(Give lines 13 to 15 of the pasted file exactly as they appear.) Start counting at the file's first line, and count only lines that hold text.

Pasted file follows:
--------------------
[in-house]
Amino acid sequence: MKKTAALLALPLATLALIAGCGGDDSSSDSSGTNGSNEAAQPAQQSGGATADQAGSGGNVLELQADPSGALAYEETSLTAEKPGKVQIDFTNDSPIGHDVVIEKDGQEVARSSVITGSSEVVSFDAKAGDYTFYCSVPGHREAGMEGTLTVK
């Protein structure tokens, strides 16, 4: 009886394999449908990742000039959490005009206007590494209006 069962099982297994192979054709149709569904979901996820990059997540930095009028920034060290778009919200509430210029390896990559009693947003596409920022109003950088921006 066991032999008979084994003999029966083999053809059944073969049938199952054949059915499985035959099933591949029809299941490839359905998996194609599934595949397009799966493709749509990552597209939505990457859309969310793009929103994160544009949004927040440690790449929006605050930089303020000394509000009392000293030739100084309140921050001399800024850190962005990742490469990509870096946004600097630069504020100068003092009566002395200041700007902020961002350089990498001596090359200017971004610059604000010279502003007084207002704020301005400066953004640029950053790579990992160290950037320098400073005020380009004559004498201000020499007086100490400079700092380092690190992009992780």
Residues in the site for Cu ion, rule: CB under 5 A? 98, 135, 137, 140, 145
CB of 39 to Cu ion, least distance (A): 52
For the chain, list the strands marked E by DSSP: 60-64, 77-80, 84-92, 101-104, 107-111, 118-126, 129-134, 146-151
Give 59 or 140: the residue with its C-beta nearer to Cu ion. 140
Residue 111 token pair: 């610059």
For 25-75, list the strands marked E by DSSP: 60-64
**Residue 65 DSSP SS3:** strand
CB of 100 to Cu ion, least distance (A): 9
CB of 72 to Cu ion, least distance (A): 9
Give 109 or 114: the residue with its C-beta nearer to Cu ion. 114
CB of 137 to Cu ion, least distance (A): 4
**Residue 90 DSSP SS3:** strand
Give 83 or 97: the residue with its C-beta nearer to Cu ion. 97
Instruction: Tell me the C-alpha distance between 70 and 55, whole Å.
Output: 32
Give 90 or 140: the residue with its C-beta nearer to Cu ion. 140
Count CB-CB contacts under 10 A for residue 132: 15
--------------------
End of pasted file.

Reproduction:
Give 109 or 114: the residue with its C-beta nearer to Cu ion. 114
CB of 137 to Cu ion, least distance (A): 4
**Residue 90 DSSP SS3:** strand